We hear it all the time, “Industry 4.0 will replace humans in the factory”. There is certainly a large portion of the industry sold on this macro-level trend, but does your company believe this statement to be completely true? If so, it is probably fair to assume that your organization’s I4.0 strategy has not fully considered the ripples of integrating these new technologies (robots, cobots, AI/machine learning, etc.) into their manufacturing strategy. While a program will likely replace some workers on the shop floor, it will also shift the talent mix within your organization. A holistic strategy is one that considers the people/culture/skills of the organization coupled with the technology. Doesn’t sound like your company? Don’t panic, your organization is not alone! A recent study by the Capgemini Digital Transformation Institute shows only 17% of manufacturers surveyed have achieved a high-level of maturity . Let’s unpack this a bit and see what the drivers could potentially be.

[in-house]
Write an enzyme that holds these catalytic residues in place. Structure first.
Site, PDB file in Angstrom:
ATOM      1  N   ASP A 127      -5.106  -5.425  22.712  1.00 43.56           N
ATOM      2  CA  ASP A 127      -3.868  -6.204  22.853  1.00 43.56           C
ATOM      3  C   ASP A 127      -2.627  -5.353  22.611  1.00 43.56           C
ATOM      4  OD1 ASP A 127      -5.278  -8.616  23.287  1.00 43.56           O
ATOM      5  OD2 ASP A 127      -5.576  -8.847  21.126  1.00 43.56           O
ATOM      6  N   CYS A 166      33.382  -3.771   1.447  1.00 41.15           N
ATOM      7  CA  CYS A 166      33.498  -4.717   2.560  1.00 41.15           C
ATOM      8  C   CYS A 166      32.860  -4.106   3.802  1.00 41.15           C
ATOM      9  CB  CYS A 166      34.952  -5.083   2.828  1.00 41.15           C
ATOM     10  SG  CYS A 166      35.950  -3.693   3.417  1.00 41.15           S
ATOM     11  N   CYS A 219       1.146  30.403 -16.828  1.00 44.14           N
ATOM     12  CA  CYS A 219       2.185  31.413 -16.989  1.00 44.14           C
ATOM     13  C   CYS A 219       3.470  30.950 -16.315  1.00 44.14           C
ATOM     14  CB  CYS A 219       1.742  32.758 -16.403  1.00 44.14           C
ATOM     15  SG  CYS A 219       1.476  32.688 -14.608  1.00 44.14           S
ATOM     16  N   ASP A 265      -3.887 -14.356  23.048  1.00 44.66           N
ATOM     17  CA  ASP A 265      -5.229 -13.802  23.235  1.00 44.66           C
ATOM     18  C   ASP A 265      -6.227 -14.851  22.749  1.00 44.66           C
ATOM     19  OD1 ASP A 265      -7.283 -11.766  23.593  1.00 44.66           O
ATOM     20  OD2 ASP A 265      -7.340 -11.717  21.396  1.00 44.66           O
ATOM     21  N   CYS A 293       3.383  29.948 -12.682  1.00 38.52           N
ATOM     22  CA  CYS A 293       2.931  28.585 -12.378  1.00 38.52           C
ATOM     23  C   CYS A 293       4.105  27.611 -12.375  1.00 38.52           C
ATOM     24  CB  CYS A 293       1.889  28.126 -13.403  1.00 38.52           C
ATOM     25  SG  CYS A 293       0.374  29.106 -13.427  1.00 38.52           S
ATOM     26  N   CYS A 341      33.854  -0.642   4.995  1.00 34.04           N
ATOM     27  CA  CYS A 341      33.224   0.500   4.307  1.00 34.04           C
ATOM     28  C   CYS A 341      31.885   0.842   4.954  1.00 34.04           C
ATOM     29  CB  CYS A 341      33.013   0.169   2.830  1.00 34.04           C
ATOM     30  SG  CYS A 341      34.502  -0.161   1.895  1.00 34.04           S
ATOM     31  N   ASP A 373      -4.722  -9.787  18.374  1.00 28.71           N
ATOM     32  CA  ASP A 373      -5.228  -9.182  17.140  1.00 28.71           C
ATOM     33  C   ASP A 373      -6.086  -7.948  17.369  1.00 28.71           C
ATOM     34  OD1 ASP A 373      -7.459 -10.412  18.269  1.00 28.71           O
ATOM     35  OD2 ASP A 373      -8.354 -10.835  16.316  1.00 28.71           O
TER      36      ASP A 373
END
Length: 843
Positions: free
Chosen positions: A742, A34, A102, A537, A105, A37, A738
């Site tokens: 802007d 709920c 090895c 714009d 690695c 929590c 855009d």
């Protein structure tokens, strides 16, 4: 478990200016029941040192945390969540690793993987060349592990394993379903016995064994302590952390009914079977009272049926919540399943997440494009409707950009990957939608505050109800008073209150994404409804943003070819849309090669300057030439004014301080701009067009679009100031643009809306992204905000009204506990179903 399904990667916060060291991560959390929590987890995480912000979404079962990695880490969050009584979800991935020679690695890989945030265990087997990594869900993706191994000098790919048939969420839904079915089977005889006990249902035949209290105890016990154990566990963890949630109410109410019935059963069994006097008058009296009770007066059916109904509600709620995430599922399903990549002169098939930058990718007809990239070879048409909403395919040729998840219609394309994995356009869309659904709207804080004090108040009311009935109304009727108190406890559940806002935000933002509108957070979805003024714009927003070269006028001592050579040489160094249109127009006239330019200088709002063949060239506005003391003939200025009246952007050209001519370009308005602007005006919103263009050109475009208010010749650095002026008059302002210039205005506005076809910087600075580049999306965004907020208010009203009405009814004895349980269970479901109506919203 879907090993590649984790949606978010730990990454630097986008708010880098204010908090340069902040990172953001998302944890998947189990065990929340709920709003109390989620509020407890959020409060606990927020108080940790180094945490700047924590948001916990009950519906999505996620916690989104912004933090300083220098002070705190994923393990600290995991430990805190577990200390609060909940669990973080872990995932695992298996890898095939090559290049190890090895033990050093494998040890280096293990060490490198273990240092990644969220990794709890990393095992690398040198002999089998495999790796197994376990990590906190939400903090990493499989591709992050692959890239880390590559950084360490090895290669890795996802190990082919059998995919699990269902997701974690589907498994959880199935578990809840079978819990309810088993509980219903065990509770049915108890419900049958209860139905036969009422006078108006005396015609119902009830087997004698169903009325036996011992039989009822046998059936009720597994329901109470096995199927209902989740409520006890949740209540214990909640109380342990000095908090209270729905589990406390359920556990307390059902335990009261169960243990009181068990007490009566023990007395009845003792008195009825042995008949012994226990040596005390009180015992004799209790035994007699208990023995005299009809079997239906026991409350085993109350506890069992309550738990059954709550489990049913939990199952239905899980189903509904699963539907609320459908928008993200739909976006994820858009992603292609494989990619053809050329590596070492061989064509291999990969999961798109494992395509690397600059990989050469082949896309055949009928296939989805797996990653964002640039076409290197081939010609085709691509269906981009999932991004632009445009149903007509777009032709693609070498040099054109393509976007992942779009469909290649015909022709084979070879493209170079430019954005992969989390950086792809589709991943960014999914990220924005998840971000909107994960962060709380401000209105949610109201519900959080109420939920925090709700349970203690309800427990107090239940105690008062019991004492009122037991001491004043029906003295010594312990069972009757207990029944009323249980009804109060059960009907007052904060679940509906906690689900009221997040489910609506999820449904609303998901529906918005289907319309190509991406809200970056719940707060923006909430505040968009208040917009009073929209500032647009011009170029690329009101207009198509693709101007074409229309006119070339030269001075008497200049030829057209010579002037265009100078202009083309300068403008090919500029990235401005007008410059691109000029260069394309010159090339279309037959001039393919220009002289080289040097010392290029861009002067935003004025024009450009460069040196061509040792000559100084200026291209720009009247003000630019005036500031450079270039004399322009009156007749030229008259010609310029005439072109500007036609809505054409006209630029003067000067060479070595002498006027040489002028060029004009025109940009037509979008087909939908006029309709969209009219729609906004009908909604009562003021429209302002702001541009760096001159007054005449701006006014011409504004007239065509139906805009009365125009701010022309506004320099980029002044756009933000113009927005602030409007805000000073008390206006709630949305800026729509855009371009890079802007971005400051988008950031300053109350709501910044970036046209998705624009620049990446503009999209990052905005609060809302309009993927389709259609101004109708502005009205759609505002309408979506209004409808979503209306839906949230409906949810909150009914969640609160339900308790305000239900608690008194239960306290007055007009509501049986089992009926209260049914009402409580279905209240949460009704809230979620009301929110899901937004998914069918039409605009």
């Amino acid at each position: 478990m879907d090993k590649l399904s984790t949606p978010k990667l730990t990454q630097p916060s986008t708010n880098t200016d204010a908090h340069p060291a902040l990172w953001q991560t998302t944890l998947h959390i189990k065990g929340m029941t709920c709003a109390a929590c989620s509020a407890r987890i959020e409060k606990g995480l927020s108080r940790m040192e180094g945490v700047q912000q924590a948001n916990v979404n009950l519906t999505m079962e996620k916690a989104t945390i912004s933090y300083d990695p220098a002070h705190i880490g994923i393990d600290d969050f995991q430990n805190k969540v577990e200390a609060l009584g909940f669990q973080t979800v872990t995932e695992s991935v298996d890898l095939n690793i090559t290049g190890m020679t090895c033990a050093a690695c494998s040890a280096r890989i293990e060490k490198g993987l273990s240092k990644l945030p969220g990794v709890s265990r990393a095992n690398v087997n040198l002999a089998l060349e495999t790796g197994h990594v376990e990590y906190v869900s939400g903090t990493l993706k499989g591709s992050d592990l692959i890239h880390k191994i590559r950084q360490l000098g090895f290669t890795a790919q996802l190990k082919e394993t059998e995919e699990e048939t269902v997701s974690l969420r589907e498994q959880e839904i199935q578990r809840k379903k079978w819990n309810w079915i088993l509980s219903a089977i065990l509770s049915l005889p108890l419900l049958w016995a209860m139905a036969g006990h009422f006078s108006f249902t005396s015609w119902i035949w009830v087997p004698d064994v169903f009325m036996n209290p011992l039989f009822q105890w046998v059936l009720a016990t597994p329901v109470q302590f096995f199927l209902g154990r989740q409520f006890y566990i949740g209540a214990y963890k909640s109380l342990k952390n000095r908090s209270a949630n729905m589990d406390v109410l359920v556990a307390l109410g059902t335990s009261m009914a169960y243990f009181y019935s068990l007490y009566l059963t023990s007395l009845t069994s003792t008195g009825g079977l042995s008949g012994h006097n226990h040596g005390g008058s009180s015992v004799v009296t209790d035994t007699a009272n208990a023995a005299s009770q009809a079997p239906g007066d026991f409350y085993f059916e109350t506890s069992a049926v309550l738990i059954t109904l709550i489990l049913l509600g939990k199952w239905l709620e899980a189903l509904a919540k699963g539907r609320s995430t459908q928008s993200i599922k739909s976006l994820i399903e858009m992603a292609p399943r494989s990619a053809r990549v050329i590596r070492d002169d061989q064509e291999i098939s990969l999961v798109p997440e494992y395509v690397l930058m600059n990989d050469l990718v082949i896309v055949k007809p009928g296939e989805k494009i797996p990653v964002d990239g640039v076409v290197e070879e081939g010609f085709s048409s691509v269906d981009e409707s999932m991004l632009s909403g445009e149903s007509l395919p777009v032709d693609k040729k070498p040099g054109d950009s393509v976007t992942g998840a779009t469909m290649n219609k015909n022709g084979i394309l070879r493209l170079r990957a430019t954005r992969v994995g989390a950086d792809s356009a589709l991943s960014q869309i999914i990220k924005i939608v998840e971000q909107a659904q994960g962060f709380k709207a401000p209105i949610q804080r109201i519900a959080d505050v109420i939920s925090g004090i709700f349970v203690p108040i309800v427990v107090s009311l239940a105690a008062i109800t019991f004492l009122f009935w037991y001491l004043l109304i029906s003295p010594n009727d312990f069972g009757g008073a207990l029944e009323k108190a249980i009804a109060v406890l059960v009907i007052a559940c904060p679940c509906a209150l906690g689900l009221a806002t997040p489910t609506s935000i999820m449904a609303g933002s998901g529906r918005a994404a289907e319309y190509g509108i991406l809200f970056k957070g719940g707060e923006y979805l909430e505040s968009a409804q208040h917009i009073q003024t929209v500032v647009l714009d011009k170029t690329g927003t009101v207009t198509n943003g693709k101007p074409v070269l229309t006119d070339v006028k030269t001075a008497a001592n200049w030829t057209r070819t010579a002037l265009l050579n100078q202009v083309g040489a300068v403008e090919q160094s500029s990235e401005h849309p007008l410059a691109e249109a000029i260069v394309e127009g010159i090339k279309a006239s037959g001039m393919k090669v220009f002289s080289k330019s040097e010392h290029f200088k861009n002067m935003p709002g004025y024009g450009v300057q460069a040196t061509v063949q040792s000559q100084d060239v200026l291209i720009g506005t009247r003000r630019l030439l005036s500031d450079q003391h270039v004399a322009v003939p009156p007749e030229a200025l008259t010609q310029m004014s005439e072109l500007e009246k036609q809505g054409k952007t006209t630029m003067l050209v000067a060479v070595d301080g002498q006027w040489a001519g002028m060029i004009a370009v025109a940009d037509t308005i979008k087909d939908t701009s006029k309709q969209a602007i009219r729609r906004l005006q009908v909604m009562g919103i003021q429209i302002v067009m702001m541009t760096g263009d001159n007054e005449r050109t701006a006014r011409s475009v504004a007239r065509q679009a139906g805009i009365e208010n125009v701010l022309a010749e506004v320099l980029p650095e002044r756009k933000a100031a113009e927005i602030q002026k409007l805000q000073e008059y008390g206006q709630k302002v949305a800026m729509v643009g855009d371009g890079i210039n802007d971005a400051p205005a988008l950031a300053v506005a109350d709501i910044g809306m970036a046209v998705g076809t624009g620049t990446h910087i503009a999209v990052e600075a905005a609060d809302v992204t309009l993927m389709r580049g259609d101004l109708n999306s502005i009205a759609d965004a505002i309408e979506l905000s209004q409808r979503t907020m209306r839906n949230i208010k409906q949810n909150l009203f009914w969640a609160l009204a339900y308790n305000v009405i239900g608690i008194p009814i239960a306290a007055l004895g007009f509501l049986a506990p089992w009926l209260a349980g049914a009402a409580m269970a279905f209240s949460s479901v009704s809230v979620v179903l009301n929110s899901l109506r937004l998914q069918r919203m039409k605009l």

With the steep trajectory of new technology becoming available, automation within the four walls of the factory can take shape in many different forms. For the sake of this article we considered the following technologies involved with automating the line in a manufacturer and some potential causal effects on the company’s workforce.